[Snackshot!] Yan Yan – Solving Australia’s Dexterity Crisis

Yan Yan by Meiji – available at all good Asian food stores

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Author’s note – A number of readers have commented to me recently that this blog is becoming a little one-dimensional, and that limiting myself largely to baked snacks denies the world (and my snack swallowing stomach) my reviewing talents in other areas. After long consideration, I introduce the Snackshot, a new style of post which will be appearing regularly on these pages. These posts will be reserved for pre-packaged snacks, as sold in convenience stores and international food marts, which I have found myself frequenting more of late. There wont be an overall score, just a presentation of some of the hidden gems that make their way to Sydney’s shores.

There was a time when a packaged snack was more than just a meal, it was an activity. As a lad I would look forward to those summery school days when I had that most famous of recesses, Le Snack (now my French is not great, but I believe this loosely translates to ‘The Snack’). The dip-in combination of savoury biscuits and cream cheese required considerable skill to eat. Too much pressure and the biscuit would snap in half; too little and no cheese would be forthcoming. Le Snack, and other snacks of its ilk taught a generation of children lessons in dexterity, patience, problem solving, and foreign languages.

In this modern age of touch screen technology and on-demand entertainment, I worry that our children are missing crucial developmental stages. My regular correspondent and friend of the blog, Kindergarten teacher Ms Crocodile, informs me that the problem has gotten so bad that some children are now missing the fine motor skills to open even the simplest of snacks, and as such miss out on eating recess altogether. Compounding the issue are the Australian snack manufacturers, who have dumbed down their foods to match the limited skills of todays youth (what is an LCM anyway?) I fear the problem is way out of hand, and something must be done soon, lest future generations fully lose the use of their extremities.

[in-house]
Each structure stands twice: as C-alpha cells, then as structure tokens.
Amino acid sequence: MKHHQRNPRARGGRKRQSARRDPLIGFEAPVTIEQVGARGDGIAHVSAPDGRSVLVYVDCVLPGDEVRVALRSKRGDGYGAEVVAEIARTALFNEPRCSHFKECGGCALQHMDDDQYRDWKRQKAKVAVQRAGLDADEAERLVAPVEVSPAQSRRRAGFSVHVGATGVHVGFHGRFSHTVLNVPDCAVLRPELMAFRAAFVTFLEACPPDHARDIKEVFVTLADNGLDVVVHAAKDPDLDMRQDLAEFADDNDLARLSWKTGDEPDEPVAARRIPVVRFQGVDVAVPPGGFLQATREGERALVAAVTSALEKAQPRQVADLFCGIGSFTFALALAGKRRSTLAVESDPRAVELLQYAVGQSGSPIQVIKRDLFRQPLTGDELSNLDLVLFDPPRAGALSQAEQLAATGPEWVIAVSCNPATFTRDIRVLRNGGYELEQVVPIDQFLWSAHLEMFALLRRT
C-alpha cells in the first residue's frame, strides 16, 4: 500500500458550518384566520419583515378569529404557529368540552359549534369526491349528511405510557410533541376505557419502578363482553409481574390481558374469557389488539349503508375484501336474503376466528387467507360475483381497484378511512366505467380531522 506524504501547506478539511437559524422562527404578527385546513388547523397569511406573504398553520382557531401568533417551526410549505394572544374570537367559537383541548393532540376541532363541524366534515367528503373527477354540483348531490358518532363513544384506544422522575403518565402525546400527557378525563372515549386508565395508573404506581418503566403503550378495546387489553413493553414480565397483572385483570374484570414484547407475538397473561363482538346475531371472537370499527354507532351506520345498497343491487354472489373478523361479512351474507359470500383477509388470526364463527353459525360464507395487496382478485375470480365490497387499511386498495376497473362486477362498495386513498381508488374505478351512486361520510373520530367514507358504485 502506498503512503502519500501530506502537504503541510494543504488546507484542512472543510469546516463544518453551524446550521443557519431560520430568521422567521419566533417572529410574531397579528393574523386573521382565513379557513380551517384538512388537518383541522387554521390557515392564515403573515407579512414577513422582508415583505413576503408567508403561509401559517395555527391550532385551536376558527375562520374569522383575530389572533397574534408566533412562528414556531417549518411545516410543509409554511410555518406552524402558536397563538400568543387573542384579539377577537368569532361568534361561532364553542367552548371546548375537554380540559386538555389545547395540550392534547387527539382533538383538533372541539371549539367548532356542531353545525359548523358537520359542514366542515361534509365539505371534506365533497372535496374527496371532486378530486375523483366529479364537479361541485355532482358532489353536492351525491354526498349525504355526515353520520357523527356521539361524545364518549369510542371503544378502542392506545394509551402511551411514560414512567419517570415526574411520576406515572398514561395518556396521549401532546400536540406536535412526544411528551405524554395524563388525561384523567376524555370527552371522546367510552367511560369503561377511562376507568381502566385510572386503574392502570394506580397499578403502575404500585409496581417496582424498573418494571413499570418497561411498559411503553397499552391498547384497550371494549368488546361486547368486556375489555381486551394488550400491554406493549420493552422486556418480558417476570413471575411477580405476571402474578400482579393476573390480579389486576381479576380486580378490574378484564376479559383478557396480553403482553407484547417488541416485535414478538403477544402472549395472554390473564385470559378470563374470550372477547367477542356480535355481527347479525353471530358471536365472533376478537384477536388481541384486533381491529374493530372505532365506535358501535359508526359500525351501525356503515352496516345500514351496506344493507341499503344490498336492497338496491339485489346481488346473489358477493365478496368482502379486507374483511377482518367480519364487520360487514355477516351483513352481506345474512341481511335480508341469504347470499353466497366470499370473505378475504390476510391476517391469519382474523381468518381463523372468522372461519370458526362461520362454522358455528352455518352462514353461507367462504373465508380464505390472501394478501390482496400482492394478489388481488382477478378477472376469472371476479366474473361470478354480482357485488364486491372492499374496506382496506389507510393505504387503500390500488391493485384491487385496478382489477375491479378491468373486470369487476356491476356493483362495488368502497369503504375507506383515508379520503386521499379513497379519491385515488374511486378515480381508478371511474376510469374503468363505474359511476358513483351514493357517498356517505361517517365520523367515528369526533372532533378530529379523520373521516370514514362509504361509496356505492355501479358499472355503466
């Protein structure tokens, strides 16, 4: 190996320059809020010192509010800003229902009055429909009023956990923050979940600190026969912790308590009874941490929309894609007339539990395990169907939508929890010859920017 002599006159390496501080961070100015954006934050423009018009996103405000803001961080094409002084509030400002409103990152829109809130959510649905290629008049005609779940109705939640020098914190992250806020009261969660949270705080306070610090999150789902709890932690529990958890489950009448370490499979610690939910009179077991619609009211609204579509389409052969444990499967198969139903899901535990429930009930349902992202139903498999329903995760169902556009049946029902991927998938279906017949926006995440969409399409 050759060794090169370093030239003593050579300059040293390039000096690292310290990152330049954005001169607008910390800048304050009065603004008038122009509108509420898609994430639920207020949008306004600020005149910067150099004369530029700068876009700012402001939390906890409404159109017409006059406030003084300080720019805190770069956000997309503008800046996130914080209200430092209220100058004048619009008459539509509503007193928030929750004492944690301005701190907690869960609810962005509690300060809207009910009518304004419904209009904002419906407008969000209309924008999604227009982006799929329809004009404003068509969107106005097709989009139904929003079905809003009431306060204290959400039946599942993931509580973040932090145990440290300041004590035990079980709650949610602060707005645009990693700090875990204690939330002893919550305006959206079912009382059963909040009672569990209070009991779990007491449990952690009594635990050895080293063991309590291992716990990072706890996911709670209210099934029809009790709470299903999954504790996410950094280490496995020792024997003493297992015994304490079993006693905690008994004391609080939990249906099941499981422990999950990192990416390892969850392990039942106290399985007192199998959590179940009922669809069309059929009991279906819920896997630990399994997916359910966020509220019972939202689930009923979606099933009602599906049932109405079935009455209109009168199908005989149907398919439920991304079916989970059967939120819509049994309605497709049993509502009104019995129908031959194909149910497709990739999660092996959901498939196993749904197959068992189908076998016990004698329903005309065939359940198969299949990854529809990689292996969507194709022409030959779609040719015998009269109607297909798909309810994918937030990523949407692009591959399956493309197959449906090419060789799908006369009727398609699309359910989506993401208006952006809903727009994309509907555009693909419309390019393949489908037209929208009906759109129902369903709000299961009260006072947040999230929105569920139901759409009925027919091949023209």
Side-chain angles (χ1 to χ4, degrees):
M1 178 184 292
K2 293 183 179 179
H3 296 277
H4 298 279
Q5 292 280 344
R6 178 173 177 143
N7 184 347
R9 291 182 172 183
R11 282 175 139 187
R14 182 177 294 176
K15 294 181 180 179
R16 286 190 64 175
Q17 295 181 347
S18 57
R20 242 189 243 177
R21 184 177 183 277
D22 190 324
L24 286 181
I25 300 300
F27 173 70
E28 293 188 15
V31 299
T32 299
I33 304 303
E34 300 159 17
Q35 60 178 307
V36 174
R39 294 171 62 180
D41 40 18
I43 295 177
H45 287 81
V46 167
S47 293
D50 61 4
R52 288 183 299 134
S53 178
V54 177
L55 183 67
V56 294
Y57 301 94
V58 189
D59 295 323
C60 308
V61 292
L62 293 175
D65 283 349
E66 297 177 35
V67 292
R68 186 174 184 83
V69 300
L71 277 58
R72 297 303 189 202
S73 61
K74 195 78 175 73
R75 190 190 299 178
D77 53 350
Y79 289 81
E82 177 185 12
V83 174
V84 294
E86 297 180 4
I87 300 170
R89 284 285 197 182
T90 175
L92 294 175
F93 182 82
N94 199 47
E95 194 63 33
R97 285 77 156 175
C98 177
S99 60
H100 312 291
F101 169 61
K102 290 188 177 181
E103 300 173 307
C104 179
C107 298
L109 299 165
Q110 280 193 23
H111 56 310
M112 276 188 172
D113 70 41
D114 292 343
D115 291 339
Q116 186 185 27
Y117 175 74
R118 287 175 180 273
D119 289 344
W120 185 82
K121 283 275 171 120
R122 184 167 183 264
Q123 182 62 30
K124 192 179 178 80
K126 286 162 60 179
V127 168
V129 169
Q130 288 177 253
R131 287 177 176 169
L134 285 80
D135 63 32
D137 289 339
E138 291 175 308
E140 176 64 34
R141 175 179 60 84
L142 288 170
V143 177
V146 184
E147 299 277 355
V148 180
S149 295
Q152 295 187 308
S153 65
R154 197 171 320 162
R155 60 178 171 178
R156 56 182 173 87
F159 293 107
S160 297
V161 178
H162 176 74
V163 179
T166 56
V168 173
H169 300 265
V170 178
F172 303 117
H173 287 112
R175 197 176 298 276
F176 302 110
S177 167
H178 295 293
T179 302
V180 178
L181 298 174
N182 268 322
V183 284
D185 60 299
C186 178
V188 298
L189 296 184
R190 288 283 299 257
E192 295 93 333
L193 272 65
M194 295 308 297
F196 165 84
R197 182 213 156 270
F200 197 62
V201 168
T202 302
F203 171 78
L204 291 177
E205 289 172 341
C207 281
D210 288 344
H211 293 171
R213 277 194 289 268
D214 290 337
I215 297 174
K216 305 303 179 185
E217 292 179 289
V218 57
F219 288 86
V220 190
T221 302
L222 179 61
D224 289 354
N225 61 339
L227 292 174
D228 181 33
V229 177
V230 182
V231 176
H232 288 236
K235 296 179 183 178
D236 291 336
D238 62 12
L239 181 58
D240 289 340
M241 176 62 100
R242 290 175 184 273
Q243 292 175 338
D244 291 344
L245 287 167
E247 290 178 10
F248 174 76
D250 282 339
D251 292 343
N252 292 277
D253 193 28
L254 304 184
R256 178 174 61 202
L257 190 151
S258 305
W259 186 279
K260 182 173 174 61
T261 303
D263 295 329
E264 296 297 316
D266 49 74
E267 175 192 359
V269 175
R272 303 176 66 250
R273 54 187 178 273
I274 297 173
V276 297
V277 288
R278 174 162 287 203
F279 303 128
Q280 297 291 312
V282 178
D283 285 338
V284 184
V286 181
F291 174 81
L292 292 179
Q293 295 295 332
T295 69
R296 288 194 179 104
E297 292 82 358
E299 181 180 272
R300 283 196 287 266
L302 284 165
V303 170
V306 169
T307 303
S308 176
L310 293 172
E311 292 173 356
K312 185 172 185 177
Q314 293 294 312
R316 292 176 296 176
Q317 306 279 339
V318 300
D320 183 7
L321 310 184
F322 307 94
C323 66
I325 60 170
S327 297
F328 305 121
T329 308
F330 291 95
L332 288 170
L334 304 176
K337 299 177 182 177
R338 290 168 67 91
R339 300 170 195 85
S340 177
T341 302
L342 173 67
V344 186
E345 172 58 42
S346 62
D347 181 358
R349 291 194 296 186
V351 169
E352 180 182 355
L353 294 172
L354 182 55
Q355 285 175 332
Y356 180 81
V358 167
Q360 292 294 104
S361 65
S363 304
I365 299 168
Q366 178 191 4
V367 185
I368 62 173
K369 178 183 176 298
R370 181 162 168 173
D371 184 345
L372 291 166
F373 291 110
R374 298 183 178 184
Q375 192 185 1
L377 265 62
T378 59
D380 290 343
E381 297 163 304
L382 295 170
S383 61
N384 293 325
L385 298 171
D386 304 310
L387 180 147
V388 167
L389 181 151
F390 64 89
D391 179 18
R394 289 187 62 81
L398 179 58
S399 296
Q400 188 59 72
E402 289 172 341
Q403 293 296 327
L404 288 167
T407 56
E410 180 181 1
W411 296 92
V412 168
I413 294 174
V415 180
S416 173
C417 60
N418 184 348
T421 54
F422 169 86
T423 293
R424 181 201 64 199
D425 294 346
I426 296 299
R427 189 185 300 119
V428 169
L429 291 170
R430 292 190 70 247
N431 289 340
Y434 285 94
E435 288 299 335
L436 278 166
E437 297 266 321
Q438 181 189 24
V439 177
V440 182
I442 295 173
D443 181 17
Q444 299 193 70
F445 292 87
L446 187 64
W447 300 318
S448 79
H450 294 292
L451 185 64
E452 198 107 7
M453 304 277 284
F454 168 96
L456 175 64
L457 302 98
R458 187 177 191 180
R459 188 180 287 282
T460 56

To solve this problem, I think we need to look to Japan, where snack purveyor Meiji has given us Yan Yan. The snack follows the tried and true biscuit and dip combination, presenting a number of slightly sweet biscuit sticks along with a velvety chocolate cream. Like Le Snack, Yan Yan requires a deft hand, but the real inspiration comes on the biscuits themselves. Each stick is printed with the face of a well known animal, accompanied by a related quote. These quotes are sometimes unorthodox, but provide hours of wonder and amusement as each new stick is extracted and the quote is read. Eating Yan Yan gave me the kind of joy I haven’t experienced since opening my christmas presents as a child. Fox – Beware of lies? Genius.

So parents of Australia, if you’re looking for a way to give your child a head start in the rough and tumble of modern society, you have your tool – Yan Yan.

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One comment

  1. Concerned reader

    I assumed that LCM was a reference to “lowest common multiple”, an oblique reference to the fact that the snack has been “dumbed down” as much as physically possible, short of making the wrapper edible to aid the intake process. Thank goodness so many modern wrappers contain the helpful “Tear here –>” instruction; gone are the dark days when playgrounds were filled with malnourished children all struggling to unwrap their muesli bars (cue tumbleweed).

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